Many unemployed miners blame President Obama and the Environmental Protection Agency for their plight. They cited a series of regulations to tighten emissions rules for coal-burning power plants, which they believe amounts to what has popularly been called a "war on coal."
Most coal industry executives believe the stepped-up regulations have exacerbated a market depression brought about by new fracking technologies that have revolutionized natural gas drilling and made it possible to tap massive reservoirs of gas from deep shale layers.
Coal accounted for 39% of U.S. electricity generation through August of this year, compared to 27% for natural gas. In 2003, coal powered 51% of generation, compared to 17% for natural gas.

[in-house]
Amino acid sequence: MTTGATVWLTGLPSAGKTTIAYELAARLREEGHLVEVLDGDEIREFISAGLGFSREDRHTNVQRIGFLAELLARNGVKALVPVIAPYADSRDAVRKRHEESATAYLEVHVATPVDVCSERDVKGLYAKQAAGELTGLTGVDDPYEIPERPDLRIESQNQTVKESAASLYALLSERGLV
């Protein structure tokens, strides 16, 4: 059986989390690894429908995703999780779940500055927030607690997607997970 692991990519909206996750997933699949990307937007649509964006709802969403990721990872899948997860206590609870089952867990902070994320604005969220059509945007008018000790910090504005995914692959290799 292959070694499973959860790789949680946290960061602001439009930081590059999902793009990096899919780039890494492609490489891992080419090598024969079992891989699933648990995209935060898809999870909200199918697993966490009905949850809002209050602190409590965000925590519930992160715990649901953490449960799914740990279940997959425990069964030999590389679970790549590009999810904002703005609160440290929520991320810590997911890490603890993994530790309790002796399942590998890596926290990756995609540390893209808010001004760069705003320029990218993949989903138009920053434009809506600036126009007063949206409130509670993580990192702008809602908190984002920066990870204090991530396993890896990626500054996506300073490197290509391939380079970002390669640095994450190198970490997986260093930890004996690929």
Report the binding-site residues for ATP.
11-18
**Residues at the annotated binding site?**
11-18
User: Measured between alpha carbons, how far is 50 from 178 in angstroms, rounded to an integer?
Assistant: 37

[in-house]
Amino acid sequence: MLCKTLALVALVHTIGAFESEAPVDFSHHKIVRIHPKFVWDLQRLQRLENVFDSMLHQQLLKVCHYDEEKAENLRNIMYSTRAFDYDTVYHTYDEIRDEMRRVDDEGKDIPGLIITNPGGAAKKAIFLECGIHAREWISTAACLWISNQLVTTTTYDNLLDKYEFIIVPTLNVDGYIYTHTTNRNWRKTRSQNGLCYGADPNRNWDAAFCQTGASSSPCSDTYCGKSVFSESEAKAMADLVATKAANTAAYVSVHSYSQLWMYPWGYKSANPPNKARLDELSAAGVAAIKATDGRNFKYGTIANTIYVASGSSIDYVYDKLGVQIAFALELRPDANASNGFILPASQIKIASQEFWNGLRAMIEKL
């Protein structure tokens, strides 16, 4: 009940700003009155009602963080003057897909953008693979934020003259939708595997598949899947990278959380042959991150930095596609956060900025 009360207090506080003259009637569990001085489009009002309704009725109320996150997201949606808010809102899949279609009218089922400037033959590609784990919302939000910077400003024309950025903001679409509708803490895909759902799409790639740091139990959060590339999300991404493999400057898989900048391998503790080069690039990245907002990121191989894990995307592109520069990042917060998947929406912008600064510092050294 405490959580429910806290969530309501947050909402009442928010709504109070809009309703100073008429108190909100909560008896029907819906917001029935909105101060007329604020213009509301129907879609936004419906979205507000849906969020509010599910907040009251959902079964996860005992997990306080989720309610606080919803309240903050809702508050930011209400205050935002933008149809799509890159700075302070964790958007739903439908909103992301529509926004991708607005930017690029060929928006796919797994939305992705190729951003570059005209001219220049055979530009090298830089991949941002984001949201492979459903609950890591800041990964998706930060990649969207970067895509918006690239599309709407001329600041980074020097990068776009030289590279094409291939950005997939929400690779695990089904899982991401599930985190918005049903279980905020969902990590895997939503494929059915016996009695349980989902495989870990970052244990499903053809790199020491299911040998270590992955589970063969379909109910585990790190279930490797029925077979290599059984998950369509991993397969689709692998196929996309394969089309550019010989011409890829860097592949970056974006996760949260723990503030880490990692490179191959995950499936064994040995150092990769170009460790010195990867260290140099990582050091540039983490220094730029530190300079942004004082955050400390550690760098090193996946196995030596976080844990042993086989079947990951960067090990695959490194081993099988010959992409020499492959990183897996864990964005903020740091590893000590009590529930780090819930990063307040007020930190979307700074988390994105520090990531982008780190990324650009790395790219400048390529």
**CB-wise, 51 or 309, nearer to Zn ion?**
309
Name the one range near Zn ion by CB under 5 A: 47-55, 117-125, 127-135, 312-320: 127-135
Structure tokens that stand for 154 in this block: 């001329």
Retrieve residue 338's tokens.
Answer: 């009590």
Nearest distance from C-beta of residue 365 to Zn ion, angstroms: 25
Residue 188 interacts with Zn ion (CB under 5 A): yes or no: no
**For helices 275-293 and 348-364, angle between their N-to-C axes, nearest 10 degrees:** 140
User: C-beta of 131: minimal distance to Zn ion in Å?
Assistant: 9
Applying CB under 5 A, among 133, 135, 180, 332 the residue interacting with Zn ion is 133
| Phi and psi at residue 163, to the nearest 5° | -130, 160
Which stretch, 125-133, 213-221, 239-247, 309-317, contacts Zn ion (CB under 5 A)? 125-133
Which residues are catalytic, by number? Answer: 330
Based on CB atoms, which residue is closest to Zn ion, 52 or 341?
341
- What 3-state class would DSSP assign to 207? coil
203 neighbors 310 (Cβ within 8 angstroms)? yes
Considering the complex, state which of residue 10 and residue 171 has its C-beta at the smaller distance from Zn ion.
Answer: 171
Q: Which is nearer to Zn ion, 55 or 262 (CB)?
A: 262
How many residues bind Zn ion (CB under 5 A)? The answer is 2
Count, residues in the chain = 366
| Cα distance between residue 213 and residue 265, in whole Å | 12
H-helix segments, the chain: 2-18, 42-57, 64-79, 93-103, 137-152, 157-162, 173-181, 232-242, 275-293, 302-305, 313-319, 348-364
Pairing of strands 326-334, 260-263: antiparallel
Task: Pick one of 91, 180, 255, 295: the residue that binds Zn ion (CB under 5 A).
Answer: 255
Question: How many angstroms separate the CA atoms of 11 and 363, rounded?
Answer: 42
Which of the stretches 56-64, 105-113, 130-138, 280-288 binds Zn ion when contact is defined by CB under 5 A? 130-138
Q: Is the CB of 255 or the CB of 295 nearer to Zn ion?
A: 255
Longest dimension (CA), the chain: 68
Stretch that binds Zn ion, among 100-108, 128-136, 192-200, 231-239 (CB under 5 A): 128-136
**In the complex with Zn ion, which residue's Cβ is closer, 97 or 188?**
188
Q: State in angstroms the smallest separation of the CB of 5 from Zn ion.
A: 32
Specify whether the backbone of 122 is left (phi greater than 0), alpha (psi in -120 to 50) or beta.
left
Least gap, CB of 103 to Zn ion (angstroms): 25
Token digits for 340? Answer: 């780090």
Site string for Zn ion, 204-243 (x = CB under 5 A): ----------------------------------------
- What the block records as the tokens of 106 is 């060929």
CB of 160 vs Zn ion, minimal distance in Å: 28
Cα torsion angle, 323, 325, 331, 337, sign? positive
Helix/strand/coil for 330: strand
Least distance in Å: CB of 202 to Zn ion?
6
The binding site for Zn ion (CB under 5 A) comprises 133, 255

Utilities have frequently cited new emissions standards among reasons for closing aging coal-fired power plants. Roughly 9% of coal-fired capacity is slated for closure between 2013 and 2018, according to the EIA.
Alpha, the nation's third-largest coal operator by production and the biggest in Central Appalachia, has laid off 594 workers at Kentucky mines and related coal facilities since January 2012. It now operates 10 underground mines in the state, down from 23 underground and six surface mines in 2011. It also shut four facilities that process coal. (WSJ, 11/26/2013)